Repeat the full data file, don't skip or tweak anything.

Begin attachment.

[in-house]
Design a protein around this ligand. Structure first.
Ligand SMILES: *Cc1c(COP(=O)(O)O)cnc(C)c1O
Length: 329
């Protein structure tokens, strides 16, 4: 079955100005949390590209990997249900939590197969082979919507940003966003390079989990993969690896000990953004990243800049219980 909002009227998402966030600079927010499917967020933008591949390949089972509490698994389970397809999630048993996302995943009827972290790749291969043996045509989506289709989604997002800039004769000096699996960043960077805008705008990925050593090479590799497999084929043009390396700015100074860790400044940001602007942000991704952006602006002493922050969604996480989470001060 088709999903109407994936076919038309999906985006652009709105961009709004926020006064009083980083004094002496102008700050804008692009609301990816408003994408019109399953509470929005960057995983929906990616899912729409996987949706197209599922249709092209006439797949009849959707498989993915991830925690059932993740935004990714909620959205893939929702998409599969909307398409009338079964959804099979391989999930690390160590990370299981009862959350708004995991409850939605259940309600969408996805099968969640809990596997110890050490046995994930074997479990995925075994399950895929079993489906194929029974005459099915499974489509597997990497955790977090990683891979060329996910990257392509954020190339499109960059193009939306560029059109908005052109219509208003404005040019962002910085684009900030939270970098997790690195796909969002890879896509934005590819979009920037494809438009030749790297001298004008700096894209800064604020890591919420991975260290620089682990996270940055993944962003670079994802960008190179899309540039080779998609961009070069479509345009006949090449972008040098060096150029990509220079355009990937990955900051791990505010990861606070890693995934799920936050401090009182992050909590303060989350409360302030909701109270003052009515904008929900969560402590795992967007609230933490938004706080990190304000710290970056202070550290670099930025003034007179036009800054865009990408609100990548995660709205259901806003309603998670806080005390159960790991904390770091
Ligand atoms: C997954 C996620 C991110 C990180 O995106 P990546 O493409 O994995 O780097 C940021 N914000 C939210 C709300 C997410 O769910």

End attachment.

[in-house]
Design a protein around this ligand. Structure first.
Ligand SMILES: *Cc1c(COP(=O)(O)O)cnc(C)c1O
Length: 329
């Protein structure tokens, strides 16, 4: 079955100005949390590209990997249900939590197969082979919507940003966003390079989990993969690896000990953004990243800049219980 909002009227998402966030600079927010499917967020933008591949390949089972509490698994389970397809999630048993996302995943009827972290790749291969043996045509989506289709989604997002800039004769000096699996960043960077805008705008990925050593090479590799497999084929043009390396700015100074860790400044940001602007942000991704952006602006002493922050969604996480989470001060 088709999903109407994936076919038309999906985006652009709105961009709004926020006064009083980083004094002496102008700050804008692009609301990816408003994408019109399953509470929005960057995983929906990616899912729409996987949706197209599922249709092209006439797949009849959707498989993915991830925690059932993740935004990714909620959205893939929702998409599969909307398409009338079964959804099979391989999930690390160590990370299981009862959350708004995991409850939605259940309600969408996805099968969640809990596997110890050490046995994930074997479990995925075994399950895929079993489906194929029974005459099915499974489509597997990497955790977090990683891979060329996910990257392509954020190339499109960059193009939306560029059109908005052109219509208003404005040019962002910085684009900030939270970098997790690195796909969002890879896509934005590819979009920037494809438009030749790297001298004008700096894209800064604020890591919420991975260290620089682990996270940055993944962003670079994802960008190179899309540039080779998609961009070069479509345009006949090449972008040098060096150029990509220079355009990937990955900051791990505010990861606070890693995934799920936050401090009182992050909590303060989350409360302030909701109270003052009515904008929900969560402590795992967007609230933490938004706080990190304000710290970056202070550290670099930025003034007179036009800054865009990408609100990548995660709205259901806003309603998670806080005390159960790991904390770091
Ligand atoms: C997954 C996620 C991110 C990180 O995106 P990546 O493409 O994995 O780097 C940021 N914000 C939210 C709300 C997410 O769910």